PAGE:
Quenya Elvish: Cesta- verb. ask
The question of land access differs in what country you happen to be in. Here in Scotland we are extremely lucky in that we have a statutory right to roam, a legal pass to wander, as long as you’re being responsible. I am a naturally curious person, which could just be nosiness, but if there is a bunch of trees I’ve never been in or a hill I’ve never been up, I want to go there and explore. I’ve written about this before, maybe most noticeably here https://lastwolf.co.uk/explore/ but in my wanderings, I have learned one massively important lesson in how to navigate around someone else’s land.
Say hello. Be polite. Ask. Even if faced with the grumpiest of curmudgeons, the inimical ‘get orf my laaand type’, (known as Fifers to a friend of mine), maintaining a level of politeness and interest in the area will aid you in any situation. Even if you leave them with their eyeballs still sweating, at least you’ve got the moral high ground, the law on your side and can skip you’re merry way to thy chosen destination.
However this kind of situation is unlikely. Most landowners, farmers, businesses, ghillies, whoever it is, in my experience will be happy to help you navigate your way so long as no damage is occurring and you are in no danger yourself*. They will answer your questions, possibly give advice on the best routes, what to avoid and what to look out for etc. People who own or work on land are generally interested in it, and therefore usually enjoy talking about it.
Two episodes spring immediately to mind regarding this. Both differ from each other, and actually stand opposed.
Once upon a time, when smart phones didn’t exist, I was on a solo walk around some Scottish hills I had never been to before. I approached a fishery looking for a route upwards, having no map and no local knowledge other than I could see where I wanted to go and a desire to get there. Large signs out the front of the fishery said no dogs but this was not at all helpful in giving any directional advice on hill access. I decided to put the dog on the lead, avoid the main road in, and thus the building as well and take the long route around while looking for a way up the hill.
Upon doing an almost full round of the fishing area without noticing any way upwards, a large and exuberant German shepherd leapt over to us, barking and nipping at the rear end of my dog. All the while two bigger ones behind a fence were making such a noise that all the fish swam off. Eventually a guy came out of the building to get the dog saying she was an excitable pup who didn’t like that my dog was on the lead. In the din of three large dogs barking their heads off, he proceeded to give me all the info I needed; the easiest route up, and the hardest. He told me of a waterfall on the harder route that most people missed. This guy loved the area and was only too happy to share it. His description was spot on and the dog still did the same thing to us on the way back.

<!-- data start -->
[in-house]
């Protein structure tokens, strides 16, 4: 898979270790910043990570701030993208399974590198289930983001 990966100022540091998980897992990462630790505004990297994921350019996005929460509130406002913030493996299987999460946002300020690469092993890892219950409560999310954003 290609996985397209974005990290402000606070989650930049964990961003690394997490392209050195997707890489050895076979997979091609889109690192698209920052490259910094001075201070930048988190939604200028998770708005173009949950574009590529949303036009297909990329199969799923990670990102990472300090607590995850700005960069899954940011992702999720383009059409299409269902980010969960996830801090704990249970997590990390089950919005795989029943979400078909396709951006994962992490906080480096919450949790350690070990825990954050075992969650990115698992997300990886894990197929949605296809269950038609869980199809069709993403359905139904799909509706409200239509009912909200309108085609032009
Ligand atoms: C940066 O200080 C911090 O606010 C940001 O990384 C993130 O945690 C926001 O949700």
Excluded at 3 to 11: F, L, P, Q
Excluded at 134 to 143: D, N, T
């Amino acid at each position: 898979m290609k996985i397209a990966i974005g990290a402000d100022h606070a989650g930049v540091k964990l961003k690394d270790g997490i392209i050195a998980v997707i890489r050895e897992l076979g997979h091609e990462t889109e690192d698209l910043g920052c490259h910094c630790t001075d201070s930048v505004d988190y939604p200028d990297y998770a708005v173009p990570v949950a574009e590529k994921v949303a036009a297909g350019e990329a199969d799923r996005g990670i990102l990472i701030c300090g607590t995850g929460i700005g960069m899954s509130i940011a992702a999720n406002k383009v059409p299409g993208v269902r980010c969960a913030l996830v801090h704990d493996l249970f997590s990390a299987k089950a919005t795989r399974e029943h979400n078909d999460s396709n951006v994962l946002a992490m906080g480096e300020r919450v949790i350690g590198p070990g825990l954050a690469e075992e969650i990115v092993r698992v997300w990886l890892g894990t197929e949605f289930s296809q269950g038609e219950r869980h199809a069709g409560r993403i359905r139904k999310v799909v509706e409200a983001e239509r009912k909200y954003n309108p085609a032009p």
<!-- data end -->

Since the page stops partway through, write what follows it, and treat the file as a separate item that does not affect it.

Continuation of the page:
There was another time though whilst out walking during deer stalking season in a very remote part of Scotland. I thought I might get a bit of props from the hunting guys as I happened to have two black labs with me. Both were on the lead as we went past the days shooting party. My friend and I were very early in setting off and we were into the mountains way before the guns. They overtook us in Land Rovers a mile or so in, and one of them stopped.
The driver and clearly the main guy, asked us where we were heading and gave us some helpful directions to the mountain and tips for the best views. It was a good ten mile walk in. It had a difficult Gaelic name I couldn’t remember, yet he pronounced it perfectly with an accent that only people who drive Land Rovers on open mountains have.
It was only much later, on our descent from the wrong mountain and long but admittedly beautiful walk out of a different glen that we realised why he was being so generous with his knowledge. He had deliberately kept us off the hill and out of the way of the shoot. Not that we would have been anywhere near it anyway but he clearly wanted to keep us as far away as possible with his route advice. I can’t complain about the day, it was good, but we ended up being two glens away from where we thought we were.
So yes, be polite and look for advice. But maybe sometimes take it with a pinch of salt. There might be an ulterior motive!
*Don’t use the Land Reform Act (2003) as an excuse to go wandering through a working quarry. Keep that for when they are closed due to snow.
Currently listening to: The late contender for black metal album of 2021 from Funeral Mist.